This increasing focus on power requires a lot of analysis. “It’s not enough that we deliver an SRAM for a certain PPA,” Saggurti said. “It’s also important for us to do reliability analysis to understand whether the five sigma margining is sufficient, or whether it should go to six sigma. Should the memories be slowed down, given that a lot of internally self-timed SRAMs are statistically expected to behave a certain way? When there is a gigabit or two of memory, a one in a million chance is very likely to happen, so more and different analysis is required along with design specific analysis.”

How some of these new architectural approaches will fare is unknown at this point, but what was taken for granted in the past as the easiest path forward is being revised. In all cases, memory is a key variable.

“Until recently you had a fairly standard memory architecture you would use in an SoC,” said Neil Hand, director of marketing, Design Verification Technology at Mentor, a Siemens Business. “If you were building a cell phone, you had cache, you had primary memory, and there wasn’t a lot of creative things you could do. But when you start to look at novel compute architectures like AI, that standard architecture is just one of many,”

In the case of RISC-V, for example, Hand said design architects are building novel compute architectures because of the opportunity to play around with interesting memory configurations. “This isn’t new. On the DSP side of the world, people have been doing weird memory configurations working with various DSP IPs for a while now, and a lot of the advantages people get from these, whether it be audio processors or network processors, comes from the unique configurations of those processor memories.”

The challenge is to understand the system-level impact is of those memories.

“How do you decide? That’s where some of the capabilities around virtual prototyping and early architectural exploration start to become really important, because you can now experiment with the design very early on and say at a very coarse level what memory architecture is going to work,” Hand said. “Is it having lots of different scratchpad memories? Is it having, as on an AI architecture, memory that is modifying the address as you’re reading it? Is it doing math in the memory? There are some memory vendors looking at doing AI-specific memories where processing is built into the memory—a really cool idea if you know what you’re targeting.”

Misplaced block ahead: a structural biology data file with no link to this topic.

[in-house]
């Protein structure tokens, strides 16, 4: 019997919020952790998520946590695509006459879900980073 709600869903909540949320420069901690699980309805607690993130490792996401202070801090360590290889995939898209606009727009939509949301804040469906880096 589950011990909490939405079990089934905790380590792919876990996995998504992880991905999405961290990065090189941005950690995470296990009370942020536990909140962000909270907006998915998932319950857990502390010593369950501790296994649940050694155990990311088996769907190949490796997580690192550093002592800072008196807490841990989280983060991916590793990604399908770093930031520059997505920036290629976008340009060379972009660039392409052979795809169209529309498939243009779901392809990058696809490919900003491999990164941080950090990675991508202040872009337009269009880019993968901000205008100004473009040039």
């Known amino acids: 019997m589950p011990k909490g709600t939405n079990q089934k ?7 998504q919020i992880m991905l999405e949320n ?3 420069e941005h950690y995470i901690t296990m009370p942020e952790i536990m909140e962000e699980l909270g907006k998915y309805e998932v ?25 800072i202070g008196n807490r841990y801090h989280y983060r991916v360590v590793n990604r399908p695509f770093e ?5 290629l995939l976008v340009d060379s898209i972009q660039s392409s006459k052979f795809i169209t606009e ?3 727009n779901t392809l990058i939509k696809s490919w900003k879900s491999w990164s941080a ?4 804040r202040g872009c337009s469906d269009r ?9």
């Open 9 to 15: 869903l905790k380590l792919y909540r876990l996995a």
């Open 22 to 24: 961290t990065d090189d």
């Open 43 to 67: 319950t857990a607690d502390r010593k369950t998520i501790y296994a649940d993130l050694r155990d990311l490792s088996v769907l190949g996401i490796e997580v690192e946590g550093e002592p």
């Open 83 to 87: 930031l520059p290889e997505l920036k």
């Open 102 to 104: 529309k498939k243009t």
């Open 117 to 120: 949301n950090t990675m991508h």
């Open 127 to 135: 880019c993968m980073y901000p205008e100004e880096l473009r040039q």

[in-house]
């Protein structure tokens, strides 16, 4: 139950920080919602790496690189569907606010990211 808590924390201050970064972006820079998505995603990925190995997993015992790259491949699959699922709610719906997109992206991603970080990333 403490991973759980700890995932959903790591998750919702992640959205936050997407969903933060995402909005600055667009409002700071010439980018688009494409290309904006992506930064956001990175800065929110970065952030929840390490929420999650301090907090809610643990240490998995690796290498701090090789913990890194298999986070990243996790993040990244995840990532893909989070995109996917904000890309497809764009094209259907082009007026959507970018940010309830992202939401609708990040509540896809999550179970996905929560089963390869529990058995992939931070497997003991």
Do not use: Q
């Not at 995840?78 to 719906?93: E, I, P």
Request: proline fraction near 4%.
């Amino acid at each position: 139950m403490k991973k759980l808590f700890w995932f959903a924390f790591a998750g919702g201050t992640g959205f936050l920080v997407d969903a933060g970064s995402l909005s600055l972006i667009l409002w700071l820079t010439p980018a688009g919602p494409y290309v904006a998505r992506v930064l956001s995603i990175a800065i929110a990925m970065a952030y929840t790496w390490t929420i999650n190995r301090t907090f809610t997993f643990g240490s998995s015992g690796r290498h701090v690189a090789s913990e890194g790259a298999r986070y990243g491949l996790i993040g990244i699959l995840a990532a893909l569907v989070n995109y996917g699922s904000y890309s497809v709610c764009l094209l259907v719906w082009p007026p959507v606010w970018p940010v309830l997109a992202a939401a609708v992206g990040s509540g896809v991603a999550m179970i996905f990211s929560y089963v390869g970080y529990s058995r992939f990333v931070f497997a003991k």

What is needed is a way to do architectural exploration to see the impact of various possible choices. This can include everything from virtual modeling to other simulation tools.

“I’ve added more processors and I’ve got this great memory, but now I’ve saturated my interconnect,” Hand said. “Once you start changing the traditional memory architecture, everything becomes interconnected again. If you think of the last wave of SoCs, which was driven by mobile, most of those SoCs looked and felt the same. They were running a broad range of general-purpose applications—an OS on top of the OS, running either games or various other applications. When you start going towards AI, autonomous, IoT, industrial, they become highly specialized compute, so driving a lot of interest now in different compute architectures is the fact that you can specialize them for compute. But it also applies exactly the same to memory architectures and also fabrics and NoCs, and all of these different parts of the SoCs. You can now configure them and specialize them for your range of applications.”

What’s becoming clear is that memory is no longer just a checklist item, and just throwing more memory at the problem isn’t always the best way to improve performance or lower power. The challenge is to understand how all of this works at the system level for increasingly specific applications, use cases and data types, and in those cases memory placement, type and how those memory circuits are used can have a significant impact.